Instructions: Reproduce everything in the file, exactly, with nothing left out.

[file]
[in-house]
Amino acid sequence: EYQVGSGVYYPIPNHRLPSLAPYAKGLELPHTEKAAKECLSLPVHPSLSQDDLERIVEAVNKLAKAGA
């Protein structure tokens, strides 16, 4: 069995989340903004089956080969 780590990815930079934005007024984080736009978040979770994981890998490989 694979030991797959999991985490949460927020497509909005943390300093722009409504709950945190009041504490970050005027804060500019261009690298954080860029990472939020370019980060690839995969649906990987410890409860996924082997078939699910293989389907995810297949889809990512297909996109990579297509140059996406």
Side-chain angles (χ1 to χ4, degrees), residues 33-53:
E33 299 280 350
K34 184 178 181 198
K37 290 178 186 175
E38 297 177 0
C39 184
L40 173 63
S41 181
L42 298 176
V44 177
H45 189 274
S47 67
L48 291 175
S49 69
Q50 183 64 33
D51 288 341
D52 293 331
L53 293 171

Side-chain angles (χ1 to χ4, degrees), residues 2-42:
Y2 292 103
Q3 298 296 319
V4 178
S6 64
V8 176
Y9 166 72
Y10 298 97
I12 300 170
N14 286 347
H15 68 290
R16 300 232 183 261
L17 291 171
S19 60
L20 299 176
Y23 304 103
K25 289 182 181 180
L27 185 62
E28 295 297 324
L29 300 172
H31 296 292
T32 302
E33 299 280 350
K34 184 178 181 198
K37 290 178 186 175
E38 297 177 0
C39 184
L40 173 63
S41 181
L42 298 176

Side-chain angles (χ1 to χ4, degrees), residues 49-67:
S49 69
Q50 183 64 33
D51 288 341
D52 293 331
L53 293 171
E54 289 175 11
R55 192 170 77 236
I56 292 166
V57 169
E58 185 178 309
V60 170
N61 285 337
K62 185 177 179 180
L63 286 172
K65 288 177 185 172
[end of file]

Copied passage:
[in-house]
Amino acid sequence: EYQVGSGVYYPIPNHRLPSLAPYAKGLELPHTEKAAKECLSLPVHPSLSQDDLERIVEAVNKLAKAGA
């Protein structure tokens, strides 16, 4: 069995989340903004089956080969 780590990815930079934005007024984080736009978040979770994981890998490989 694979030991797959999991985490949460927020497509909005943390300093722009409504709950945190009041504490970050005027804060500019261009690298954080860029990472939020370019980060690839995969649906990987410890409860996924082997078939699910293989389907995810297949889809990512297909996109990579297509140059996406």
Side-chain angles (χ1 to χ4, degrees), residues 33-53:
E33 299 280 350
K34 184 178 181 198
K37 290 178 186 175
E38 297 177 0
C39 184
L40 173 63
S41 181
L42 298 176
V44 177
H45 189 274
S47 67
L48 291 175
S49 69
Q50 183 64 33
D51 288 341
D52 293 331
L53 293 171

Side-chain angles (χ1 to χ4, degrees), residues 2-42:
Y2 292 103
Q3 298 296 319
V4 178
S6 64
V8 176
Y9 166 72
Y10 298 97
I12 300 170
N14 286 347
H15 68 290
R16 300 232 183 261
L17 291 171
S19 60
L20 299 176
Y23 304 103
K25 289 182 181 180
L27 185 62
E28 295 297 324
L29 300 172
H31 296 292
T32 302
E33 299 280 350
K34 184 178 181 198
K37 290 178 186 175
E38 297 177 0
C39 184
L40 173 63
S41 181
L42 298 176

Side-chain angles (χ1 to χ4, degrees), residues 49-67:
S49 69
Q50 183 64 33
D51 288 341
D52 293 331
L53 293 171
E54 289 175 11
R55 192 170 77 236
I56 292 166
V57 169
E58 185 178 309
V60 170
N61 285 337
K62 185 177 179 180
L63 286 172
K65 288 177 185 172